Recognizing the Early Warning Signs of PED Overheating.

Early recognition of a possible overheat situation of a PED by a crewmember may be able to prevent a potential/imminent TR from causing an HEF. The objective is to stop the device from overheating, thereby preventing the introduction of smoke, flames, or fire in the aircraft environment. HEFs are unique and may not present or progress in the same manner as other fires. In some situations, an HEF can start quickly, but in other situations, the buildup to an HEF can take a little longer. For example, devices prior to TR may show signs of overheating. The overheat can manifest in different ways depending on the device, including warning statements, discoloration of screens, smoking, expanding or swelling of the device, or simply being hot to the touch.

Source: AC 120-80A, §14.8.1

Extinguishing an HEF.

The steps to extinguish an HEF are similar to fighting other fires in the aircraft cabin with the exception of the possible volatile nature of an HEF. Quick and aggressive action is necessary to determine the source of hot spots, smoke, and/or flames. The crew should quickly evaluate the situation, gain access to the fire, and attack the fire using all available equipment and resources, which may include deadheading crewmembers or ABPs. Procedures for extinguishing an HEF include:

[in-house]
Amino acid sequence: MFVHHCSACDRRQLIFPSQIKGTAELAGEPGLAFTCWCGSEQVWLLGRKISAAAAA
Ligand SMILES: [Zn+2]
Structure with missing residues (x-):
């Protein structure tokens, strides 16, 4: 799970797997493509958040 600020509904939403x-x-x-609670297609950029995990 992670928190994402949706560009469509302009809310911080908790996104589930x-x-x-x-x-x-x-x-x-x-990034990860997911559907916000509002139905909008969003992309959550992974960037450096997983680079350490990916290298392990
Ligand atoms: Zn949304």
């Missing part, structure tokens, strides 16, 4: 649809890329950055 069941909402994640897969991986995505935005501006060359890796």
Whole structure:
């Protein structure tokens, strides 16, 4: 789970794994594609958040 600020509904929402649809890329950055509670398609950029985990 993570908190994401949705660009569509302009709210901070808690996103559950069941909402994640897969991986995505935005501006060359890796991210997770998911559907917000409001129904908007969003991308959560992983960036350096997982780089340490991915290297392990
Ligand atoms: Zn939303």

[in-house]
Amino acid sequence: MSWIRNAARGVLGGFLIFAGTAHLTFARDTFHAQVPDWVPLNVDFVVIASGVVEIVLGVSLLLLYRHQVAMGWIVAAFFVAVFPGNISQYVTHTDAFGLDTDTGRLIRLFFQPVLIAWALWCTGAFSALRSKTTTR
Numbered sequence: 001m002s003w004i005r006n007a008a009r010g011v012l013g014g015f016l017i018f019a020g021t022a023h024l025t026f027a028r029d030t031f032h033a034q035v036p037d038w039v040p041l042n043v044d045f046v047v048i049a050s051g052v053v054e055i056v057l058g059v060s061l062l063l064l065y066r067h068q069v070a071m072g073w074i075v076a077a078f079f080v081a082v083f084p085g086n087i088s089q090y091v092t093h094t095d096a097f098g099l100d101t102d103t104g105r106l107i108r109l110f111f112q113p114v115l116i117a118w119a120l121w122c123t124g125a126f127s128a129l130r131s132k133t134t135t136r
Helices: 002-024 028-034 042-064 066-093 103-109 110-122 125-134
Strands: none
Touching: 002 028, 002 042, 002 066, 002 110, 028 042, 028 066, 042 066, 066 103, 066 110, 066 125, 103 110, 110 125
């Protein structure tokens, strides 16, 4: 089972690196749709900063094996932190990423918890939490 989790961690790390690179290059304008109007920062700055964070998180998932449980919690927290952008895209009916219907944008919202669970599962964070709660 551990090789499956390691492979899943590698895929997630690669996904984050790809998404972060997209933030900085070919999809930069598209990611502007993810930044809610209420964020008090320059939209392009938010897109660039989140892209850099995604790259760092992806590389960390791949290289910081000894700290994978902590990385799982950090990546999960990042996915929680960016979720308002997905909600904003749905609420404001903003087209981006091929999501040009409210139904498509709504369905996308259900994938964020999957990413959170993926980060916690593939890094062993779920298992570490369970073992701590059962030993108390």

1. Clearing occupants from the area around the device.
  2. Donning personal protective equipment (PPE) (e.g., gloves or PBE).
  3. Obtaining appropriate firefighting equipment (a halon or water extinguisher or another acceptable extinguishing product).
  4. Approaching the device with appropriate caution and only getting as close as necessary to effectively extinguish flames and mitigate smoke generation.

Source: AC 120-80A, §14.8.2

Cooling and Containing.

Cool a smoking, overheating, or deforming device with water, nonalcoholic beverages, a water extinguisher, or an aqueous-based extinguisher. The most effective cooling is achieved by ensuring the liquid gets inside the device. This may necessitate discharging liquid into any openings within the unit or that may be formed as a result of a PED failure. PBE should be worn to protect the crewmember from fumes. Crewmembers should do the following:

  1. All flightcrew members should wear oxygen masks with regulators set to 100 percent oxygen if a fire extinguisher is to be discharged in the flight deck.
  2. Continue to cool the device and let it rest without touching it for at least 10 to 15 minutes.
  3. Use protective gloves, such as oven gloves or fire gloves, if available, and place the device in a container (e.g., trash bin, galley compartment bin, containment product, or other suitable container that is capable of containing and maintaining a device submerged in water).
  4. Fill the container/containment device with water or nonalcoholic liquid to completely submerge the device.
  5. Place in a secured area that is accessible to the cabin crewmembers but removed from passengers and will prevent spillage.
  6. Monitor the device and surrounding area for the remainder of the flight and provide status updates to the pilot in command (PIC).

WARNING 1: Picking up and moving a smoking or burning device may cause injuries.